Sens. Ron Johnson (R-Wisconsin) and Chuck Grassley (R-Iowa) denied allegations that they are using or promoting Russian disinformation in their investigation targeting presumptive Democratic nominee Joe Biden and his son, Hunter Biden.

The two said they have “neither sought out, relied upon, nor publicly released anything that could even remotely be considered disinformation” through the course of their probe.

“It is certainly our goal to eradicate foreign influence from our elections,” Johnson and Grassley wrote in a letter addressed to Senate Minority Leader Chuck Schumer (D-New York), Speaker Nancy Pelosi (D-California), Senate Intelligence Vice Chair Mark Warner (D-Virginia) and House Intelligence Chair Adam Schiff (D-California). “But your use of this issue to knowingly and recklessly promote false narratives for political purposes is completely contrary to that goal.”

The letter comes amid continued investigations of Russian interference in the 2016 presidential election. A report by former Special Counsel Robert Mueller confirmed Russia had meddled, but did not find sufficient evidence to prove the Trump campaign colluded with the country in any way.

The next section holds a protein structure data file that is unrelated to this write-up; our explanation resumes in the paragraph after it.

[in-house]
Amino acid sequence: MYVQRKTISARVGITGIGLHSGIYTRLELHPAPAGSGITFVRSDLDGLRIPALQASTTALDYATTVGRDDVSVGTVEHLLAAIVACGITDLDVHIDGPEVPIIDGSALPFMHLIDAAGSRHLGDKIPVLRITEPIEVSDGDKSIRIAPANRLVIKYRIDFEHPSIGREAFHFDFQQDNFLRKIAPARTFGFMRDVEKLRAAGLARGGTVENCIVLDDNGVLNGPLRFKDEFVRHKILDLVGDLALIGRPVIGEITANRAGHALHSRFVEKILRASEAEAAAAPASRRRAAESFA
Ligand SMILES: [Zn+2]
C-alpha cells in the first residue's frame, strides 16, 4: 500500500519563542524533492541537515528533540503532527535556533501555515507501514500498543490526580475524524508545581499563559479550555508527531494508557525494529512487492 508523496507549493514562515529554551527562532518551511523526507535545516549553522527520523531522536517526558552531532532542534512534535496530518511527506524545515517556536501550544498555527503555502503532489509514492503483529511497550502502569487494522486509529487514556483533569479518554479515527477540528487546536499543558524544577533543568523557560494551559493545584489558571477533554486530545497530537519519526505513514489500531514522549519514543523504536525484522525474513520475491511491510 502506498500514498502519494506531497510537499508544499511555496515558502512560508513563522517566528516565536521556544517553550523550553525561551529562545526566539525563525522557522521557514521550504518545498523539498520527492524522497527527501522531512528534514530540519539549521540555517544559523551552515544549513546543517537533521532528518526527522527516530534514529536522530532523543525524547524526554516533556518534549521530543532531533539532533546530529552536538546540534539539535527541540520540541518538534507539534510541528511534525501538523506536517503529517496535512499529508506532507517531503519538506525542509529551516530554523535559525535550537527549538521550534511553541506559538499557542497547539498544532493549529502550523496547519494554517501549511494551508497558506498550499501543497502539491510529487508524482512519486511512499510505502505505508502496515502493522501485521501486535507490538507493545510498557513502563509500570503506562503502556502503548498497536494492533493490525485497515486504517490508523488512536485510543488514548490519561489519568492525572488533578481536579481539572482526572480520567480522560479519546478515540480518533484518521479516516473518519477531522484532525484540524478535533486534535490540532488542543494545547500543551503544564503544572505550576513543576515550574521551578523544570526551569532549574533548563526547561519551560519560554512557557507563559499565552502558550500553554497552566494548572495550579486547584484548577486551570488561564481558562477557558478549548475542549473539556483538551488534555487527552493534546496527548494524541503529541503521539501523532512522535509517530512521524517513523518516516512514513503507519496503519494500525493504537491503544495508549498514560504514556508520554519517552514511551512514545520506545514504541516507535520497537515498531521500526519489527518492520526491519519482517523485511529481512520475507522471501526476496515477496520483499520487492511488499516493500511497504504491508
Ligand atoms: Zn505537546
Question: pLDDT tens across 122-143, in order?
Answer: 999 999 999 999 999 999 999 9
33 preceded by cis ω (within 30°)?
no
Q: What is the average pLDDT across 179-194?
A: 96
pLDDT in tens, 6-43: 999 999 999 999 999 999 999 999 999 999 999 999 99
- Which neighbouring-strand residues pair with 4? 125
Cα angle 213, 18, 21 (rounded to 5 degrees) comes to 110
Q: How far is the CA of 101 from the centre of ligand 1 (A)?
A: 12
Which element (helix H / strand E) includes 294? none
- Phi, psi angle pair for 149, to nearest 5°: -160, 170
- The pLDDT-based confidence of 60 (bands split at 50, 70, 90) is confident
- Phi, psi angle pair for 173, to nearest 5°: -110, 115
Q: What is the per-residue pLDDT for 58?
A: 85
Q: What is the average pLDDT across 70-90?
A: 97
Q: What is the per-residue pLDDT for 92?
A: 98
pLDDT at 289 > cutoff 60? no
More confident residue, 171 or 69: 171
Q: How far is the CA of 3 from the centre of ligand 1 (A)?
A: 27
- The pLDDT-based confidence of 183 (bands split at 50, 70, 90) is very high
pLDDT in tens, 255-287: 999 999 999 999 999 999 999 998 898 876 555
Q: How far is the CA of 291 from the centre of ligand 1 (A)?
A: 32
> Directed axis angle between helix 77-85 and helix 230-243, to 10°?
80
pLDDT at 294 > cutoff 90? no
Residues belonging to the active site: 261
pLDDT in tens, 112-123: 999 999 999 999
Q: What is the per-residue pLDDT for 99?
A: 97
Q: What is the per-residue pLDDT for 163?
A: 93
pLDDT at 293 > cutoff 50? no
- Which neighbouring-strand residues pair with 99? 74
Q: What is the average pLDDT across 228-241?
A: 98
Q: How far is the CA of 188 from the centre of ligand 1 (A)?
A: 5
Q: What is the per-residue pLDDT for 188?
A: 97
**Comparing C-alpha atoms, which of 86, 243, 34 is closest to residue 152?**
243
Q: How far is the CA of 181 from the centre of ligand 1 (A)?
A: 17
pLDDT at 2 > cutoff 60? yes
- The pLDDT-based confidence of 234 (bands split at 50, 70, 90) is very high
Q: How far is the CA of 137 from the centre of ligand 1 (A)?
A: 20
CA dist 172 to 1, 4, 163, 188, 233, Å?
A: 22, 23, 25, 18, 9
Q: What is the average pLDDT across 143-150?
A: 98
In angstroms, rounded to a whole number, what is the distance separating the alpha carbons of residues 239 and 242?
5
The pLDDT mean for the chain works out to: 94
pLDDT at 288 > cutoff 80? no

However, additional evidence came to light during the impeachment inquiry last year, when a transcript of a phone call revealed that President Donald Trump had asked Russia’s president to “look into” Hunter Biden and his work at the Ukrainian gas company, Burisma Holdings.

Now, Democrats fear foreign entities are interfering in the 2020 election. Intelligence officials told House lawmakers last week that Russians are planning on surreptitiously supporting Trump’s reelection bid.

Although the public version of the letter was less clear about the potential threat of foreign interference, Politico reported that a classified addendum mentions Johnson’s investigation as a channel for “laundering” a foreign meddling campaign aimed at attacking Biden.

It was reported that the addendum states a Ukrainian lawmaker, Andrii Derkach, sent information about Biden to Grassley, Johnson and other Trump allies.

In their letter, Johnson and Grassley denied receiving information from Derkach in the letter, adding that they did not have access to the addendum until “late last week.”

“Your misplaced motives aside, the substance of your letter and addendum also grossly mischaracterizes our investigation in an effort to shoehorn it into the false ‘Russian disinformation’ narrative you have promoted for years,” the two Republicans wrote to the Democratic lawmakers. “Far from promoting Russian disinformation, our investigation is focused on uncovering the facts concerning what did and did not occur so that we can put these matters to rest.”